In June 2006 HMAS Tobruk was tasked to pick up 639 but that task had to be cancelled because of Australia’s support to the Solomon Islands after a severe cyclone there. Our navy made another attempt to assist with joint visits by HMAS Darwin and HMAS Newcastle (each carrying one container) but that task was thwarted by typhoon Milyeno. The Philippine Defence Force was also fully tied up in post-typhoon tasking. Also, the ships had been provided only eight days’ notice whereas two weeks were needed for the disassembling and preparation of the aircraft.

We took a long hard look at the financial realities of civil shipping along with stevedoring and road transport costs and they were prohibitive for us. The AWM was kept apprised of all efforts and they too had examined what it would cost to have the aircraft prepared and transported to Manila; they budgeted $50,000 for the task. Additionally, an AWM technician, Lee Davies, was attached to Sangley Point to supervise the disassembly of the aircraft and its preparation to meet Australian quarantine requirements. The RAN came to the party once again (fourth attempt) and HMAS Tobruk successfully carried 639 to Sydney in March 2007 and the AWM transported her to their Mitchell Annex in Canberra by road transport.

The immediate following years provided more frustrations, although the AWM was about as keen as we were to start refurbishment they were severely hampered by the Government’s austerity program which prevented any recruitment by the AWM. During that lull our members were canvassed to provide additional log book and sortie details to Darrel Whitcomb (Nail 25) who carefully drafted a nine- page booklet covering the history of 639 in Vietnam, Thailand, Germany, USA, South Korea and the Philippines. In April 2008 the FAC Association held a very successful reunion, organised by Mac Cottrell, which included the dedication of a bronze plaque commemorating FAC service in Vietnam and the presentation of Darrell Whitcomb’s historical account to the AWM. The AWM completed a survey on the aircraft to assess its spares requirements. The AWM’s John White visited the USA for official museum-to-museum matters in January 2011 and managed to include a side trip to visit Jim Hodgson at the OBA. The search for current spare part providers continued with very knowledgeable assistance from Jim Hodgson, Chuck Burin and other OBA members and this was managed by Ken Semmler who had picked up many useful contacts during his visits to the USA.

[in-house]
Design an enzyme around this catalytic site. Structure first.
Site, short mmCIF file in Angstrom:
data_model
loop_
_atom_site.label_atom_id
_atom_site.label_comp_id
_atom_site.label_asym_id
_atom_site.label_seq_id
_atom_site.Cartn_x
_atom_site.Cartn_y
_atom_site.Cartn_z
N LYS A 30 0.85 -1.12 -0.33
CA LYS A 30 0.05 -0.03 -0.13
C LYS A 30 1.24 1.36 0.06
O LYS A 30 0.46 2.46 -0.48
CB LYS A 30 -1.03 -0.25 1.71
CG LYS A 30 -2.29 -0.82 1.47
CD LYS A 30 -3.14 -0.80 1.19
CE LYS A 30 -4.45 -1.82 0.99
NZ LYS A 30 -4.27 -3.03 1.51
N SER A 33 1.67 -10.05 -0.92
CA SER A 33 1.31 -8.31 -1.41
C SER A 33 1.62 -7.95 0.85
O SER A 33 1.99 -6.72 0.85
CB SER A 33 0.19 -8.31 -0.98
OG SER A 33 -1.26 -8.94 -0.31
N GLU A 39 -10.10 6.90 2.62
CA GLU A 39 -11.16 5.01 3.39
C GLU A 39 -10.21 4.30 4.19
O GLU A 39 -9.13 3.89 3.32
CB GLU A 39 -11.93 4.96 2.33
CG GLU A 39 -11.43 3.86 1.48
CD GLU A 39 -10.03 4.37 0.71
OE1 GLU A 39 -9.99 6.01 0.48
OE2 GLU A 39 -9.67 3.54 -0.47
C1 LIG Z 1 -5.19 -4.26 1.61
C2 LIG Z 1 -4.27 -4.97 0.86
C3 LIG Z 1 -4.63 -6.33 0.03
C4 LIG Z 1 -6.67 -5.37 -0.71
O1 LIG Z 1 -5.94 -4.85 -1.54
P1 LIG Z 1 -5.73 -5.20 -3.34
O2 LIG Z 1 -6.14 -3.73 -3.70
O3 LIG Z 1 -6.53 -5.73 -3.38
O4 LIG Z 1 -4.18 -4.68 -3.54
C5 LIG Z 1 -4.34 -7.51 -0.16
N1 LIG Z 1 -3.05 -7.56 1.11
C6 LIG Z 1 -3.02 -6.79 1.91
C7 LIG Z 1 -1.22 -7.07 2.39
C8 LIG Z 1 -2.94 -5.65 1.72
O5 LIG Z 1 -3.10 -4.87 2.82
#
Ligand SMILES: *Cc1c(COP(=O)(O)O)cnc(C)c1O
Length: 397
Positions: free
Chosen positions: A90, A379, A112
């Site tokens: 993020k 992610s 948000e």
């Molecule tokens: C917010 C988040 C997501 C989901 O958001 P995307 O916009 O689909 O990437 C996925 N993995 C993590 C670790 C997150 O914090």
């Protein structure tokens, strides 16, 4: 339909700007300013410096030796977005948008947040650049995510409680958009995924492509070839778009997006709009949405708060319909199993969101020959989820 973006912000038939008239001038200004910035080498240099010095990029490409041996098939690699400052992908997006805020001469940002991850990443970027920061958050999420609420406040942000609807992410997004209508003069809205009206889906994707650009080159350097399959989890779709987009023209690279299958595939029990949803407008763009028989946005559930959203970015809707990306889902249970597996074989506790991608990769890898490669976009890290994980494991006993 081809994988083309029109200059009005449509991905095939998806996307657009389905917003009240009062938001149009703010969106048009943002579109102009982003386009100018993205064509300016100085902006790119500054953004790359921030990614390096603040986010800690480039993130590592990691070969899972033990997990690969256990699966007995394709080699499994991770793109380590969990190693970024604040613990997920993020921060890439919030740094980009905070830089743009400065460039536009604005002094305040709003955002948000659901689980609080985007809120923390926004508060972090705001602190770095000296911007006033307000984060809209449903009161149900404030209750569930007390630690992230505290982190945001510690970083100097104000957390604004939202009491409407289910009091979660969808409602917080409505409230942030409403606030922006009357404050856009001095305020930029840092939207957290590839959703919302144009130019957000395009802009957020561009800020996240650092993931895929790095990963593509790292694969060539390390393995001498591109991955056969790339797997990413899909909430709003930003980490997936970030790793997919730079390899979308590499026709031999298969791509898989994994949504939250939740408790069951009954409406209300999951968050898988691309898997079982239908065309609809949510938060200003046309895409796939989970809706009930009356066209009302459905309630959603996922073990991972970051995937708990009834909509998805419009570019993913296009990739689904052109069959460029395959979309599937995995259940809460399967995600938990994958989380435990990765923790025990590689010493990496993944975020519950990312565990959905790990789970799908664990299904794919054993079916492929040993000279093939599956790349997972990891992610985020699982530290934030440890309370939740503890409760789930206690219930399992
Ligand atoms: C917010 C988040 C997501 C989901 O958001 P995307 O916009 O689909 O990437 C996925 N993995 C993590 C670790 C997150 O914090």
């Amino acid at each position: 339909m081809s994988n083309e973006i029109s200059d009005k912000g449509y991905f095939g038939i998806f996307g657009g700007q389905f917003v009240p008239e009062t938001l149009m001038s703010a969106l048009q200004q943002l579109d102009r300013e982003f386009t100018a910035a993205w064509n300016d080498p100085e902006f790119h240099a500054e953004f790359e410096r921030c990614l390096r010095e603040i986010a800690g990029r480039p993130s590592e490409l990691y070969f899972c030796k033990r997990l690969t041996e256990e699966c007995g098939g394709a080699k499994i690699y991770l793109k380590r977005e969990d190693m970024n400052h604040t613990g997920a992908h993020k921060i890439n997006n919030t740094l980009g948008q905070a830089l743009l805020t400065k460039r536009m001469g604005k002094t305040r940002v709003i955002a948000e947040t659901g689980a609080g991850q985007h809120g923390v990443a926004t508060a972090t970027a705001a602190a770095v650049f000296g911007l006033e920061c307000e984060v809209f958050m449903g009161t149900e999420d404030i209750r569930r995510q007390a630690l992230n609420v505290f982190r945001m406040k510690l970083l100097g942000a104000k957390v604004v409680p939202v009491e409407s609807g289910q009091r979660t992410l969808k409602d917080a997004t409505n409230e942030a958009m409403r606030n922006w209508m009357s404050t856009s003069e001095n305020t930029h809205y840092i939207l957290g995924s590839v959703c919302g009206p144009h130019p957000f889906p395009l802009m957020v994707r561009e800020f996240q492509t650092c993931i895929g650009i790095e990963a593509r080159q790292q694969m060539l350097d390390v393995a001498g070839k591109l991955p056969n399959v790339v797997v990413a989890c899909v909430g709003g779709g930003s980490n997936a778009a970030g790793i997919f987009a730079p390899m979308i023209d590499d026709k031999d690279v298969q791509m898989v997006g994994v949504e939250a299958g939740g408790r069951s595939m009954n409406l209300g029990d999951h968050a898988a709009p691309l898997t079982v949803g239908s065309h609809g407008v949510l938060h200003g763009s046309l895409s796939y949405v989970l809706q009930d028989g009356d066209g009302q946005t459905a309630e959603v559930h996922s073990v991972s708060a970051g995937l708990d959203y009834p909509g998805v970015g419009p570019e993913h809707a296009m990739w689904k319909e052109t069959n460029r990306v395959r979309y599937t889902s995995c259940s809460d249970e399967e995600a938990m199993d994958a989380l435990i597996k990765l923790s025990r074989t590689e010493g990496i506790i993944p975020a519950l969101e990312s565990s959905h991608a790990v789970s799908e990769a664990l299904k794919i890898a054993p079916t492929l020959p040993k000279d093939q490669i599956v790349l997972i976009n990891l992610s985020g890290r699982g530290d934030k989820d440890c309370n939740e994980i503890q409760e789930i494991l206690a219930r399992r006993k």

In July 2013 Doug Riding and I had a very productive meeting with Dr Brendan Nelson, the Director of the AWM, with Tim Sullivan the Assistant Director, Branch Head National Collection and Rebecca Britt, Head Military Heraldry and Technology. During this period Ken Semmler spent a lot of time pursuing contacts with the DA Jakarta and the TNI-AU in our quest for spares.

In 2016 Dick Smith generously provided $50,000 to the AWM for aircraft conservation, which the Memorial allocated to the 639 refurbishment project. In May 2017 Laura Kennedy and Kim Wood visited likely sources of information regarding refurbishment with Tony De Bruyn who runs the Bronco demonstration team in Belgium and the OBA, CALFIRE and Marsh Aviation in the USA.  All of these contacts had been refined over the years between the OBA and Ken Semmler.

Bronco 67-14639 in Vietnam

Bronco 67-14639 in Vietnam

Why is the aircraft worth saving?

The men who originally recognised the Bronco and struggled to get it brought back to Australia saw the aircraft as an item of great personal importance, holding exciting and poignant memories for them. But they also recognised Bronco 67-14639 as a significant part of the Australia’s aviation and military heritage. Although the aircraft never wore Australian livery and was never part of the country’s air force, a large number of Australians flew this type of aircraft in combat. At least seven Australians are known to have flown this particular aircraft in combat while attached to the USAF, participating in a conflict in which Australia was a major allied partner for nearly 10 years. Bronco 67-14639 serves as a representation of their service, as well as a tangible representation of the Australia–US alliance.